Iran General NewsIran’s elections: conservatives and hardliners dominate

Iran’s elections: conservatives and hardliners dominate

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Iran Focus Analysis: Tehran, Jan. 03 – Candidates set to stand in Iran’s June 17th presidential elections are seen by many Iran experts as right-wing extremists loyal to hardline Supreme Leader Ali Khamenei. Several of them, including former heads of Iran’s Revolutionary Guards Corps (IRGC), have announced their candidacy for president. Iran Focus Analysis

Tehran, Jan. 03 – Candidates set to stand in Iran’s June 17th presidential elections are seen by many Iran experts as right-wing extremists loyal to hardline Supreme Leader Ali Khamenei.

Several of them, including former heads of Iran’s Revolutionary Guards Corps (IRGC), have announced their candidacy for president. The IRGC, the Iranian regime’s ideological army, and its Qods (Jerusalem) Force are tasked with “liberating Jerusalem through Baghdad”.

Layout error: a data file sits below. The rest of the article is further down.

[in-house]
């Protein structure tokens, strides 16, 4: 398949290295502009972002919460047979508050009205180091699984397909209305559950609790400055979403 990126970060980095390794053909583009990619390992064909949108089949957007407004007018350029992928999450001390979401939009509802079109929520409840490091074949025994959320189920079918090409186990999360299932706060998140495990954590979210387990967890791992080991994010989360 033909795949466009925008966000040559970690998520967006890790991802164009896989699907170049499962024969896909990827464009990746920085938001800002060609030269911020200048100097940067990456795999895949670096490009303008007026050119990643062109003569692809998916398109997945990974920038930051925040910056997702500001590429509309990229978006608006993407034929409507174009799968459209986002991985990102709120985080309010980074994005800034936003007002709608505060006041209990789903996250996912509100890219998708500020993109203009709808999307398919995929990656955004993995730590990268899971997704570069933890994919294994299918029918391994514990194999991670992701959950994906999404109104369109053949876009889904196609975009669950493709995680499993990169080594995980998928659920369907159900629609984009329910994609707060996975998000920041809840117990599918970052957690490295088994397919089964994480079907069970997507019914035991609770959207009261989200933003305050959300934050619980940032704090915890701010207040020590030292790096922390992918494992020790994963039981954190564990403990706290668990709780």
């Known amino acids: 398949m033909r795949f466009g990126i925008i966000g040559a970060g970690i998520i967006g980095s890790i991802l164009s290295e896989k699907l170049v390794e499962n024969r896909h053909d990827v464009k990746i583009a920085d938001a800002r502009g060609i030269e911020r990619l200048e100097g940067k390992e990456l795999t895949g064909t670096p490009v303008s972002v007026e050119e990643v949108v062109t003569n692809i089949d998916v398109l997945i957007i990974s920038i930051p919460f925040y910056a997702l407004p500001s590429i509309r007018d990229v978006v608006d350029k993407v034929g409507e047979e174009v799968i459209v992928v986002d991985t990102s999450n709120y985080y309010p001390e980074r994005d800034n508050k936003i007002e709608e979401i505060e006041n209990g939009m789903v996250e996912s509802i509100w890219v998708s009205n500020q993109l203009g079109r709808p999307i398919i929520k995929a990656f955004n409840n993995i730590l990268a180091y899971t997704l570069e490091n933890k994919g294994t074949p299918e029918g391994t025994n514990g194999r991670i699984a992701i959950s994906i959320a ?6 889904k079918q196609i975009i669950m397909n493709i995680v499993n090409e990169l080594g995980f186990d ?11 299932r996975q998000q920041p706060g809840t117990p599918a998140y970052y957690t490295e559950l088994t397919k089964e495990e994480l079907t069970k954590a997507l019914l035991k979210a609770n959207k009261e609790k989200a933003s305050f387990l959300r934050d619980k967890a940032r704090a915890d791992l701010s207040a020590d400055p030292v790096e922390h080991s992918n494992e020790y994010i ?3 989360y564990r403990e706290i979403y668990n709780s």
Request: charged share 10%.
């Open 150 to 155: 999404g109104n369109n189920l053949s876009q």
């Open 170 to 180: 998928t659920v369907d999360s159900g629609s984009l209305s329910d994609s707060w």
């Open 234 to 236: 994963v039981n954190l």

One of the candidates, former IRGC commander in chief Mohsen Rezai, is seen by many as an ultra-right figure who would act only on Khamenei’s orders.

A number of other senior conservative officials, including former president Ali Akbar Hashemi Rafsanjani, are expected to announce their decision in the coming weeks. Rafsanjani is the current head of the powerful State Expediency Council which arbitrates between the watchdog Guardian Council and the Majlis (parliament).

Ali Larijani, another former top member of the IRGC and former chief of Iran’s state-controlled television, also announced today his candidacy. Larijani currently represents Khamenei in the Supreme National Security Council and also sits on the Expediency Council.

Ex-Foreign Minister Ali Akbar Velayati, a senior advisor to Khamenei, has also announced his intention to run. Hassan Rowhani, Iran’s nuclear point-man in talks with the European Union is also expected to announce his decision in the coming days.

Other candidates include the ex-Minister for Higher Education Mostafa Moin and former Majlis Speaker Mehdi Karroubi.

Iran’s current President Mohammad Khatami, who is nearing the end of his second term, is seen by many Iranians as a “lame-duck president”, who was neither interested nor capable of initiating reforms in Iran.

Experts believe that at present Khamenei is consolidating all state-power under his far-right faction.

In general Iranians believe that “internal reforms from within the regime” have hit a dead-end and public apathy is expected in the elections.

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